Dissolved organic carbon in European groundwaters
Gooddy, Daren; Hinsby, Klaus. 2007 Dissolved organic carbon in European groundwaters. [Lecture] In: EGU General Assembly, Vienna, Austria, 16-20 April 2007. Geophysical Research Abstracts, Volume 9, European Geosciences Union.Before downloading, please read NORA policies.
Organic carbon is present in all natural waters and plays an important role in many geochemical processes. Total organic carbon (TOC), measured on unfiltered samples, has been analysed on more than 400 groundwater samples from 8 European Union countries, and the operationally defined dissolved organic carbon (DOC), measured on filtered samples, was analysed on approximately 250 groundwater samples from 4 of these countries. TOC was found at a median concentration of 2.7 mg C/L with a range from 0.1 – 59.4 mg C/L and DOC had a median concentration of 2.2 mg C/L with a range from 0.2 – 58.9 mg C/L, demonstrating that very high natural organic carbon values can occasionally be found locally in some pristine aquifers. A relationship between the assimilable organic carbon (AOC) utilised by bacteria and TOC is observed although the correlation is not clear. Generally, there is a linear correlation between the TOC, DOC and the chemical oxygen demand (COD) values. Organic contaminants derived from anthropogenic activities are generally not identified in the TOC/DOC analysis as these contaminant concentrations are typically several orders of magnitude lower than the bulk aqueous carbon measurement. TOC/DOC analysis can, however be an important indicator of pollution at landfills, effluent ponds and similar pollution settings with high loads of organic carbon, but in many other situations the total or dissolved organic carbon concentration is not a good tracer or indicator of contamination. However, the total or dissolved organic carbon is a very important component in the biogeochemical cycling of elements and consequently it is recommended as a component to be measured on all groundwater samples. The measurement of a filtered organic carbon fraction is recommended where groundwaters contain significant amounts of particulate material. Measurements of TOC and DOC on the same samples in this study show comparable concentrations, however, the TOC/DOC ratio varied and TOC was not always found to be significantly greater than DOC, as may have been expected. Further research is needed to evaluate what part of the TOC is readily available for biogeochemical processes.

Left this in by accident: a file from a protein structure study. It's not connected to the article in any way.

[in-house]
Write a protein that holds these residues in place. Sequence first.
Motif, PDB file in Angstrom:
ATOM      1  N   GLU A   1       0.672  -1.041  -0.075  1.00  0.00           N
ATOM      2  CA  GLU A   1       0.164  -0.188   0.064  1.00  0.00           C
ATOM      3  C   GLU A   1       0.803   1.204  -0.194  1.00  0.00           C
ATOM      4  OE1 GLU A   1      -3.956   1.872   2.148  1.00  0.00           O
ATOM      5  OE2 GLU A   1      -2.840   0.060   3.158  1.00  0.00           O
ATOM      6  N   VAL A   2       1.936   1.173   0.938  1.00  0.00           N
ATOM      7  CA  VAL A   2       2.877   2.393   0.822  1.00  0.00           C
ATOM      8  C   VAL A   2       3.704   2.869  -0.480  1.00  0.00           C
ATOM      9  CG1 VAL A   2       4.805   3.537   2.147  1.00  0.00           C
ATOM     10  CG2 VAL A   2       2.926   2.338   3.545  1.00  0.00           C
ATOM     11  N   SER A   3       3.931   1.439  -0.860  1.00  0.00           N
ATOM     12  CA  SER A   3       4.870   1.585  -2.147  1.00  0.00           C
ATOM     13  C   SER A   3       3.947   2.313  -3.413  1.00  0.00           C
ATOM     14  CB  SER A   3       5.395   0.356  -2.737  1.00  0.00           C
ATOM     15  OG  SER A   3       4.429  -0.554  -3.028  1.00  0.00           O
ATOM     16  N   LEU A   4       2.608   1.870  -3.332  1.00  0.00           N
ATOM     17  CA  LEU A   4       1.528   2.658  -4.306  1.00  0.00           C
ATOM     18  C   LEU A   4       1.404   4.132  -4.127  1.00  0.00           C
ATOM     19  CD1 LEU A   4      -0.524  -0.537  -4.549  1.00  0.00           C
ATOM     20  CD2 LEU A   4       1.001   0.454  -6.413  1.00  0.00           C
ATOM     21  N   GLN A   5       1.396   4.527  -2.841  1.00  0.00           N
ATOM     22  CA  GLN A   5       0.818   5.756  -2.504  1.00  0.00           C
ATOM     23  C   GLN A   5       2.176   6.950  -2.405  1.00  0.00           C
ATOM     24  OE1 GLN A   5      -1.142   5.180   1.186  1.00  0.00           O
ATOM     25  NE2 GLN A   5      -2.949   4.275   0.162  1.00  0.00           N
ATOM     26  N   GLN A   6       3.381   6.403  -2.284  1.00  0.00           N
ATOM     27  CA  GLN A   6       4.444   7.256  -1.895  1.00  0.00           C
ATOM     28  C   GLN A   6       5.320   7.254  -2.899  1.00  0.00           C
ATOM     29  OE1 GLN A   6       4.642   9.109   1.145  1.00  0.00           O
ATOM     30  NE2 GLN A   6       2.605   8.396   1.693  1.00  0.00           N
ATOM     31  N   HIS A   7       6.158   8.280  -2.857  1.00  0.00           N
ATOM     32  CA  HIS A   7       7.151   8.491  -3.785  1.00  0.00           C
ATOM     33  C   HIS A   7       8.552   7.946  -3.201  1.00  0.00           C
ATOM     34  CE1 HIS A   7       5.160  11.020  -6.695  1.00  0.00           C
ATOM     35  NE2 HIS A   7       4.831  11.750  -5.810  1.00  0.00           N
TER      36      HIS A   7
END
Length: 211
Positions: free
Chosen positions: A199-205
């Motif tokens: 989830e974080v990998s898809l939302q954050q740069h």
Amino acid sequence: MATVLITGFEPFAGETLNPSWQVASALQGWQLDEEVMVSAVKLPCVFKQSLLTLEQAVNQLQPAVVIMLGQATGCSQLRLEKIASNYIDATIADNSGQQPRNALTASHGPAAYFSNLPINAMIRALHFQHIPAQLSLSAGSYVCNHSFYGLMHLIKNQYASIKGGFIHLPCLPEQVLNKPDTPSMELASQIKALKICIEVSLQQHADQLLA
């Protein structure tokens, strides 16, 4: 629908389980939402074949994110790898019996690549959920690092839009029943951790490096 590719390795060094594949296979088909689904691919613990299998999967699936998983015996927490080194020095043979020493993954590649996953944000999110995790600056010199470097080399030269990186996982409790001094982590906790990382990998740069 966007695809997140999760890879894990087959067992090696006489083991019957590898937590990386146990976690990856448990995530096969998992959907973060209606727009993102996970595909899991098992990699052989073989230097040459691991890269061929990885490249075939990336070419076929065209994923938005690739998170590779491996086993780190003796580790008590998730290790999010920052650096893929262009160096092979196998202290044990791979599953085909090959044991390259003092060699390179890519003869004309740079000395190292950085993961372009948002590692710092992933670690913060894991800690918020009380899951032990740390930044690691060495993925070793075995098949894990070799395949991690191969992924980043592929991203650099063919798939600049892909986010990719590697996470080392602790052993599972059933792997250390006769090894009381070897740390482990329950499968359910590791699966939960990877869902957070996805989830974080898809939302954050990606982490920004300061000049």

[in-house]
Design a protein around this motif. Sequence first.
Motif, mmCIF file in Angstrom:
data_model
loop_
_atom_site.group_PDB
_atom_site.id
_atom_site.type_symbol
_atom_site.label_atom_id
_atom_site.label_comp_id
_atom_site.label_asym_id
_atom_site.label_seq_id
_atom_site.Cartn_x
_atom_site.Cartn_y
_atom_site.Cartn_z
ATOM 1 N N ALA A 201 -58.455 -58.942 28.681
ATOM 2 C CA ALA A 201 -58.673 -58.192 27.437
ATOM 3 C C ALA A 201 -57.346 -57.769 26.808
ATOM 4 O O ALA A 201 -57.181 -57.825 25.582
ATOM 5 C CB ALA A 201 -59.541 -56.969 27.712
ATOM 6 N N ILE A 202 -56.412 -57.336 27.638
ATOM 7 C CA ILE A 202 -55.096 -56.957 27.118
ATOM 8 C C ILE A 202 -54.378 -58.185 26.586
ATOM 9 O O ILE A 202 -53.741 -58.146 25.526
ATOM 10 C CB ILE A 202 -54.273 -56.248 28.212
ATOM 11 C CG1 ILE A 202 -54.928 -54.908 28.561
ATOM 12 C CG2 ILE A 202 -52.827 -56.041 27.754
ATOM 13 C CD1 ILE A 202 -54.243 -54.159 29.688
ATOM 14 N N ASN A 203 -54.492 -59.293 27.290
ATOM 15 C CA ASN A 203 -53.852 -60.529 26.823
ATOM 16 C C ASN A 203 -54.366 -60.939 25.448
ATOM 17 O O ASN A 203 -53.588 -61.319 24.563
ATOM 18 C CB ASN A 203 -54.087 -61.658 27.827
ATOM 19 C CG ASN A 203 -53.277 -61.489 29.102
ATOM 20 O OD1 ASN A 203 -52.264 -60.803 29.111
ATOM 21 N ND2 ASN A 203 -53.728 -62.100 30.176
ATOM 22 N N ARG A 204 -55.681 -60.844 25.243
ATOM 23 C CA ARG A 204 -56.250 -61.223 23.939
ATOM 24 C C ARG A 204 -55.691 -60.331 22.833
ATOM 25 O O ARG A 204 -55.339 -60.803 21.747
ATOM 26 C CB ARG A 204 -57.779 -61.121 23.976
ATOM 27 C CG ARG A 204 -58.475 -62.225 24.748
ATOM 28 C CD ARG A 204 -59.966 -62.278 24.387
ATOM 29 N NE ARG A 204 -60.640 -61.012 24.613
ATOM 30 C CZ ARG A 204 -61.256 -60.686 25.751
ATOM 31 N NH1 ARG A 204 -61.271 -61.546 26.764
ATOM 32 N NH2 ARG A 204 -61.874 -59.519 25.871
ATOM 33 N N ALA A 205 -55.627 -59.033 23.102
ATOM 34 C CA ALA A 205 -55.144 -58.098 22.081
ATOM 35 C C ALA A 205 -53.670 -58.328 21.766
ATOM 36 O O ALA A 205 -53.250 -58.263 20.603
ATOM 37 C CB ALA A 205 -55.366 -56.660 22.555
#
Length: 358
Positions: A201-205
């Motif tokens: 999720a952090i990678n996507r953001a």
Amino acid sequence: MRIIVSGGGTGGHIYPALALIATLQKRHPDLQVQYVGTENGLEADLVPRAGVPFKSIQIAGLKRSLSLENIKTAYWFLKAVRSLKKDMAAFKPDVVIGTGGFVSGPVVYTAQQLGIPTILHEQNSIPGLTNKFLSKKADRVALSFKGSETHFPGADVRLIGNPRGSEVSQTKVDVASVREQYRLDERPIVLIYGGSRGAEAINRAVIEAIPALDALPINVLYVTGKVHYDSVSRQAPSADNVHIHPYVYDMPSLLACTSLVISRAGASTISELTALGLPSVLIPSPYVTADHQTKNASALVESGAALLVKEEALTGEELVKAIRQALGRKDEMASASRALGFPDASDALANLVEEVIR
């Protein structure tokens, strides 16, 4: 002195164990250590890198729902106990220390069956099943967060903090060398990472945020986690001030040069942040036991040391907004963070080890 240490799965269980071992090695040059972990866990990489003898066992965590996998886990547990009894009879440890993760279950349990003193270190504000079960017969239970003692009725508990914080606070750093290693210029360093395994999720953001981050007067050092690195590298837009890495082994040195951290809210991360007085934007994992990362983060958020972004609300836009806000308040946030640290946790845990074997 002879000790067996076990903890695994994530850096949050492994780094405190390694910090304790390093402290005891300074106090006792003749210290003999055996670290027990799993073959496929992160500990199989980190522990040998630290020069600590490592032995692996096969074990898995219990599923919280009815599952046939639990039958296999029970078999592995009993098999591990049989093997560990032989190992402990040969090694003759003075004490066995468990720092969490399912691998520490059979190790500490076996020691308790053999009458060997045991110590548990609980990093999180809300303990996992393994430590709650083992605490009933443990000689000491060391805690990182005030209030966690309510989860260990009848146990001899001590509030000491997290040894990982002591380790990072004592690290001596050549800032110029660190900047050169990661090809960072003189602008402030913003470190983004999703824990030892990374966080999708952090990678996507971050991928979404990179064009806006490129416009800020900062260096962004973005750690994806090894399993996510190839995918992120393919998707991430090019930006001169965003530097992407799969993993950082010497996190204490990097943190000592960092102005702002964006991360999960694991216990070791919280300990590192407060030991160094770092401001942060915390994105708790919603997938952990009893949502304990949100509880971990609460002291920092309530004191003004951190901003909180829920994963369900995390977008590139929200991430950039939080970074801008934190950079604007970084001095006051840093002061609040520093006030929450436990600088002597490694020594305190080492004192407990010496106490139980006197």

|Item Type:||Publication - Conference Item (Lecture)|
|Programmes:||BGS Programmes > Groundwater Management|
|Additional Keywords:||GroundwaterBGS, Groundwater, Groundwater quality|
|NORA Subject Terms:||Biology and Microbiology
|Date made live:||19 Nov 2008 11:54|
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